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Vorian
December 17th, 2006, 03:35 PM
*Join in the planning Wednesday Nights 8p #ubuntu-ohio*

I wanted to see who would be interested in a state-wide install fest in March. I think we could have simultaneous events in Cleveland, Columbus, and Cincinnati.

Lets start planning now, and make this a huge event!

rrittenhouse
December 17th, 2006, 08:51 PM
That would be awesome! Even though I wouldnt be able to make it to Cleveland... (2.5 hours north of me). I wonder if anyone would be attending from my area (New Philadelphia, Dover area). Its a drive but since i dont drive its a lot harder to get to these fests...

I think its a super idea and it should be organized if there is enough interest to do so... i've hosted one installfest with my LUG I was president of back in Zanesville, Ohio. (It fell apart about the time I moved)

~Robert

tux72
December 20th, 2006, 12:00 PM
Greetings,

This is my first post here. I just wanted everybody to know that I'm new. If you would be able to add Toledo to your list of locations, I might be able to help organize it. I live in one of the Toledo suburbs. Any of the other Toledo people want to throw their hats into the ring?

Thanks,

Vorian
December 20th, 2006, 12:11 PM
Greetings,

This is my first post here. I just wanted everybody to know that I'm new. If you would be able to add Toledo to your list of locations, I might be able to help organize it. I live in one of the Toledo suburbs. Any of the other Toledo people want to throw their hats into the ring?

Thanks,

That would be great! We also have added a location in Mansfield Headed up by Micheal K.

tux72
December 21st, 2006, 04:23 PM
That would be great! We also have added a location in Mansfield Headed up by Micheal K.

I don't have the first idea about how to organize one of these things, so I'd need a lot of help from some other Toledo people and others here who have organized one before. I'm married, so I don't have a lot of time to put into it per week, but I'll do what I can. Any assistance in understanding how this works would be greatly appreciated. I could probably get some help from TALUG - the Toledo Area Linux User's Group (www.talug.org)

Vorian
December 22nd, 2006, 04:16 AM
Here's a guide from the wiki... https://wiki.ubuntu.com/LoCoRunningInstallfests


In order to reach the most people, fests should be held on both weekends and weekdays. The time of day is not as important as the duration of the fest, which should be 6 to 10 hours. Here is why:
some people will not be able to arrive when the fest starts
it takes time to get systems moved in, connected, disconnected and moved out of the working area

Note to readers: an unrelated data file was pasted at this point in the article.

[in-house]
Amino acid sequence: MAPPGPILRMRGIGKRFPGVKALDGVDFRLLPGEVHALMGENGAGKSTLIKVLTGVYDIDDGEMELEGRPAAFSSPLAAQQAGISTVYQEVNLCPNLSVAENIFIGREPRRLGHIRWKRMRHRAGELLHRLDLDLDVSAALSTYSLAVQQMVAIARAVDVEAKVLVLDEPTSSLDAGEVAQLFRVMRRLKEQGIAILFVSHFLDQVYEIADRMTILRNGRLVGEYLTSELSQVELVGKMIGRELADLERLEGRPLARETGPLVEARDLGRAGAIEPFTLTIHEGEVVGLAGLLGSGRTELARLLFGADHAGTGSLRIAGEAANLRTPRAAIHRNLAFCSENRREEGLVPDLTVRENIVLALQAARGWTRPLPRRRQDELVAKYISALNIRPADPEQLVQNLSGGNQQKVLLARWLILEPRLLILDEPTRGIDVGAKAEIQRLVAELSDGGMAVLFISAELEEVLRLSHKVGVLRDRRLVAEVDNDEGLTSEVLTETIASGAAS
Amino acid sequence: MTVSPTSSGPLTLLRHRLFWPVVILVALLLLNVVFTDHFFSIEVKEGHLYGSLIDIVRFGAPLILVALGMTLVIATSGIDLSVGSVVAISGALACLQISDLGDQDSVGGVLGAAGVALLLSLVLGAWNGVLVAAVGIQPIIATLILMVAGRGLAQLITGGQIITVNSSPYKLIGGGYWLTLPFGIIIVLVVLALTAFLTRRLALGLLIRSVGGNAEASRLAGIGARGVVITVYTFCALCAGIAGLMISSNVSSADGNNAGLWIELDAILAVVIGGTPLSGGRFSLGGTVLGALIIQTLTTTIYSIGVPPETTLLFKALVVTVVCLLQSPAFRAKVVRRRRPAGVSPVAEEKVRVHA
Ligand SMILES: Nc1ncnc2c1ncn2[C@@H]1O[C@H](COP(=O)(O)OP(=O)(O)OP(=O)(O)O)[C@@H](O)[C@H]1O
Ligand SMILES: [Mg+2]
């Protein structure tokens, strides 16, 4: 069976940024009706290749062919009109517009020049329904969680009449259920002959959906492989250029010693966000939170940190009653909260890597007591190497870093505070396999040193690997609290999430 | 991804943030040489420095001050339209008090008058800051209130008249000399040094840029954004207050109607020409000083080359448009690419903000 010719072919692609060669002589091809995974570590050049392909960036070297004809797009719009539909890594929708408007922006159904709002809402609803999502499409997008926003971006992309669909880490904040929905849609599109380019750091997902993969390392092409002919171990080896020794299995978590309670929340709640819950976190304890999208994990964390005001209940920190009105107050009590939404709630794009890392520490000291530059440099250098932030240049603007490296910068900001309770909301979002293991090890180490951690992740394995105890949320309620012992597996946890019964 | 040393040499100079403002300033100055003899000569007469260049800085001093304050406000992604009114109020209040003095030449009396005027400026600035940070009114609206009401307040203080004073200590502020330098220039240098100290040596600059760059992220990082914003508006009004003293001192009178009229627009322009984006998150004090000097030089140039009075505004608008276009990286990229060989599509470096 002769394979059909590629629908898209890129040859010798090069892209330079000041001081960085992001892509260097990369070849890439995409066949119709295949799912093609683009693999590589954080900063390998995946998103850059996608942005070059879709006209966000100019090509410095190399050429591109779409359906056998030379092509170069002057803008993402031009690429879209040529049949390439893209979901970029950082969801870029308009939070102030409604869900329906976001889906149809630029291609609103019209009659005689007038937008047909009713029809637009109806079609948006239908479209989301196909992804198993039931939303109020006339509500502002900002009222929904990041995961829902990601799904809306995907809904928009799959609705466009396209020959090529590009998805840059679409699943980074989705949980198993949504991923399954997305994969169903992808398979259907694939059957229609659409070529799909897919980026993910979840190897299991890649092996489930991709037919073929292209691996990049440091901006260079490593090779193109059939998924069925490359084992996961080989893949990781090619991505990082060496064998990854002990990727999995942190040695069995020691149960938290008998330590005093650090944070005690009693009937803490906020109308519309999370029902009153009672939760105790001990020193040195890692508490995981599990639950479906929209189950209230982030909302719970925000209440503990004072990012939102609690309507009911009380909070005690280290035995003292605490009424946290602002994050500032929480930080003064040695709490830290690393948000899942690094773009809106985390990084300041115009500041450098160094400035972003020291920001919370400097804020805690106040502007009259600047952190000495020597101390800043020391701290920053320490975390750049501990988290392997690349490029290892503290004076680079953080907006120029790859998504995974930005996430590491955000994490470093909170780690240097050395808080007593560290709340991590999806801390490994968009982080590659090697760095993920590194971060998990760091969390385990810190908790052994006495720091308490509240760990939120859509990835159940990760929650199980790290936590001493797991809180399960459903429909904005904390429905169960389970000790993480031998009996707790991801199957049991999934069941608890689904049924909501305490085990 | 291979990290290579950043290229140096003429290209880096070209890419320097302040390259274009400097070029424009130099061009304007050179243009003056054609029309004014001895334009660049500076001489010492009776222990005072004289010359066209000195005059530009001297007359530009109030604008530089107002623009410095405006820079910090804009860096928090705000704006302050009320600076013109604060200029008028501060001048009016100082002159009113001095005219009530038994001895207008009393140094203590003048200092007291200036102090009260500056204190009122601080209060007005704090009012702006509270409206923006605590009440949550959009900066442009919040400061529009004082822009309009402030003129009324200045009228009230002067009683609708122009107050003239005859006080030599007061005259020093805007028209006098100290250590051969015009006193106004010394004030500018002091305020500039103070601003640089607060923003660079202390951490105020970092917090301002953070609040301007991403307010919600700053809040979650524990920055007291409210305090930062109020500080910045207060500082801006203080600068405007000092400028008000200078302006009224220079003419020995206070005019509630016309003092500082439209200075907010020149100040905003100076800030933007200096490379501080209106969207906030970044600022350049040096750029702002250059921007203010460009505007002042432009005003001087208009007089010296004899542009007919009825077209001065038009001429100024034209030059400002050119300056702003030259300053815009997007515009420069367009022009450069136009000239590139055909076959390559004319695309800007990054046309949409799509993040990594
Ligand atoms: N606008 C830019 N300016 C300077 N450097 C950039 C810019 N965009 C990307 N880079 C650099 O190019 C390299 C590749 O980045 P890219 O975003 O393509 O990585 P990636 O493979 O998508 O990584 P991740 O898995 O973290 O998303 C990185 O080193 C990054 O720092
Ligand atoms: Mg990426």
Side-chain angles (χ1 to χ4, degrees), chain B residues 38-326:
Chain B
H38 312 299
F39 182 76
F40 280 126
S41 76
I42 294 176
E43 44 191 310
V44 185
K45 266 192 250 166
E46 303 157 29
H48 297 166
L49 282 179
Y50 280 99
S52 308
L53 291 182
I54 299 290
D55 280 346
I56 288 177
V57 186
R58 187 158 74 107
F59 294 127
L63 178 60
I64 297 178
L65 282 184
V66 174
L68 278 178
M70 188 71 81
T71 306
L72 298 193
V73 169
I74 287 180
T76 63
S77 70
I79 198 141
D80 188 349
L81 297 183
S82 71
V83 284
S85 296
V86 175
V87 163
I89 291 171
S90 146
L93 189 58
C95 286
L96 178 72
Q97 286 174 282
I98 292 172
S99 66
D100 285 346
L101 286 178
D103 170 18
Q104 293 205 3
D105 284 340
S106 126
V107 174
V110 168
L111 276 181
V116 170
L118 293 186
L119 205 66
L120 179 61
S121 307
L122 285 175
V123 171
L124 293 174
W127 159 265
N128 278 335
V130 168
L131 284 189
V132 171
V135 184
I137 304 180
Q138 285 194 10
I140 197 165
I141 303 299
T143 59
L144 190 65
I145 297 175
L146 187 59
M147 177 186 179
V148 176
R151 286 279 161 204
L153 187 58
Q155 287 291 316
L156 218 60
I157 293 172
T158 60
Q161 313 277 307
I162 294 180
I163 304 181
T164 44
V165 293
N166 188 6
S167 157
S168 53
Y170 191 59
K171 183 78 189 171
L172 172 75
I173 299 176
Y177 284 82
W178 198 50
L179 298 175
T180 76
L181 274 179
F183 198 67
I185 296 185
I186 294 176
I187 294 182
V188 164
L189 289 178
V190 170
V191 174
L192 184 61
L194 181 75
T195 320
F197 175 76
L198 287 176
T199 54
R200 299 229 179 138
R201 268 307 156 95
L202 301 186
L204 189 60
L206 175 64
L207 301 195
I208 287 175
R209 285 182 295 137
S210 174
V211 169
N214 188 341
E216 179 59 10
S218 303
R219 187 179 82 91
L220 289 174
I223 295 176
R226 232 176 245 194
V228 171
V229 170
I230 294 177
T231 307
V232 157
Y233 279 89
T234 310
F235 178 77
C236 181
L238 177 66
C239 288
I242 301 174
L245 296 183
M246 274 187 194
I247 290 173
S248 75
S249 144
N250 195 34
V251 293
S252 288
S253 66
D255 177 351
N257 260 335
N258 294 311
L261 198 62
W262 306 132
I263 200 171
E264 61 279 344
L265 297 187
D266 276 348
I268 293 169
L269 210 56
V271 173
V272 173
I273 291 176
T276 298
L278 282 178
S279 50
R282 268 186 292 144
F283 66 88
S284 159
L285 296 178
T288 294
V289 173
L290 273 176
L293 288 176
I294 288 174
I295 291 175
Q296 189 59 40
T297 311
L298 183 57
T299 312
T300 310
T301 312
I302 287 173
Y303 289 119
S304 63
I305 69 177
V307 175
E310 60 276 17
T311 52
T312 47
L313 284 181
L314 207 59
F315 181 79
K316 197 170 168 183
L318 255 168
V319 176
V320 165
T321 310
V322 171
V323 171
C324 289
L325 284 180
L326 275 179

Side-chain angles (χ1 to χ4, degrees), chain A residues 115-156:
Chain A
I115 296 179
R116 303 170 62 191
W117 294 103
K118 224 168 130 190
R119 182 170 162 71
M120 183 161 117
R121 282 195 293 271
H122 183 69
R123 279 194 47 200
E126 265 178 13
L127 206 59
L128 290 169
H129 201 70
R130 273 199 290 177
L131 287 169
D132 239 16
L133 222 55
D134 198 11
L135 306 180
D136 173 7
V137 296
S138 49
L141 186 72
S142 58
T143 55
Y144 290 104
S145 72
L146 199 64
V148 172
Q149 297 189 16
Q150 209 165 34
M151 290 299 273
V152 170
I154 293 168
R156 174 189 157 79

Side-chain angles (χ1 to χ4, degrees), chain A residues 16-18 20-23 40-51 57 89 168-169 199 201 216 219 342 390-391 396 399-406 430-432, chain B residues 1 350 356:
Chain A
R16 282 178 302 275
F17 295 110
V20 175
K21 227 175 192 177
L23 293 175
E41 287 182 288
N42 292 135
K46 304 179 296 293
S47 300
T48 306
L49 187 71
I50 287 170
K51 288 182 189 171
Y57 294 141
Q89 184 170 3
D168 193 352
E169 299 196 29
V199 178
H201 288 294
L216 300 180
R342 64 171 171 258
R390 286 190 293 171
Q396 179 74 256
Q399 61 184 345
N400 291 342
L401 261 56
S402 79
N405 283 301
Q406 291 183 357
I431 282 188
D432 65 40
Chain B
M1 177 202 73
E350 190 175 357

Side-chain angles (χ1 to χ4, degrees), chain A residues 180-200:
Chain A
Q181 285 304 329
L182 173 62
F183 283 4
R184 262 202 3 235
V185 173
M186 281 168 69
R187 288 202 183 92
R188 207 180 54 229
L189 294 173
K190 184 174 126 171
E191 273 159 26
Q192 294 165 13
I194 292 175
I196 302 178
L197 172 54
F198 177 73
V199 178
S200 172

making sub-systems like sound, printers and other peripherals function properly sometimes takes as long as a Linux installation
some people want to get some life out of older CPUs but OS installation takes longer on slower machines Make sure that the place where your installfest will be held has:
Strong tables
Each table may have to hold multiple monitors and computers.Toilets
Chairs
People will want to sit down since they will be at the fest for several hours.Internet access
Some people will want to know that they can access the Internet from their computer. Some people will need to download drivers or other software. A lot of helpful information is available on the Net. There is a list of Web sites at the end of this document.an address that is easy to find
A map and simple directions will help.Telephone connection
A normal line, not through a PBX, not digital, just POTS will be useful for testing modems.An easy way to get hardware in and out
How will people bring their hardware from their cars to the installation room? Are carts and elevators available?Sufficient power
Try to make sure that you have enough power for the number of computers that you expect people to bring. You do not want people to suddenly lose power because one person too many turned on his or her computer.(Note: In Brazil we use No Breaks and stabilizers to stop power cuts damaging equipment)
How much power does a computer need? Laptops need about 0.5 amps. For a desktop/tower/workstation type of computer the amount of power needed depends on the monitor, number of disk drives, etc. Basically though, if everything is connected to one power strip, then they need at most 3 to 4 amps at the moment that the power is turned on and 1.5 to 2 amps while they are running.
You should try to have access to the circuit breakers either directly or through readily available maintenance staff.If you are lucky you will be able to make arrangements to regularly hold installfests at a few locations that meet your needs. If possible you should hold your fests at a variety of locations such as technical colleges, universities and businesses because Linux is for everyone.
Linux distributions (distros)
Make sure that you will have several copies of the latest versions of a major Linux distribution available on CD (erm,Ubuntu :). Some users will need small/minimal distributions on floppy disks so make sure that those are available.Server
You may want to consider setting up a server for:
DNS
DHCP
mirrors of distributionsYou should provide multiple methods of accessing the distributions on the server:
FTP
rcp
HTTP
CD burning
NFSIn order to conserve disk space you can create a virtual CD-ROM jukebox. See Randolph J. Tata's "CDServer-HOWTO" ( https://wiki.ubuntu.com/htdocs/ubuntu/img/u-www.png http://talcon.com/cdserver-howto/ (http://talcon.com/cdserver-howto/)) and Jeremy Impson's article "Build a Virtual CD-ROM Jukebox" ( https://wiki.ubuntu.com/htdocs/ubuntu/img/u-www.png http://www.linuxjournal.com/article.php?sid=5639 (http://www.linuxjournal.com/article.php?sid=5639) ) for more information.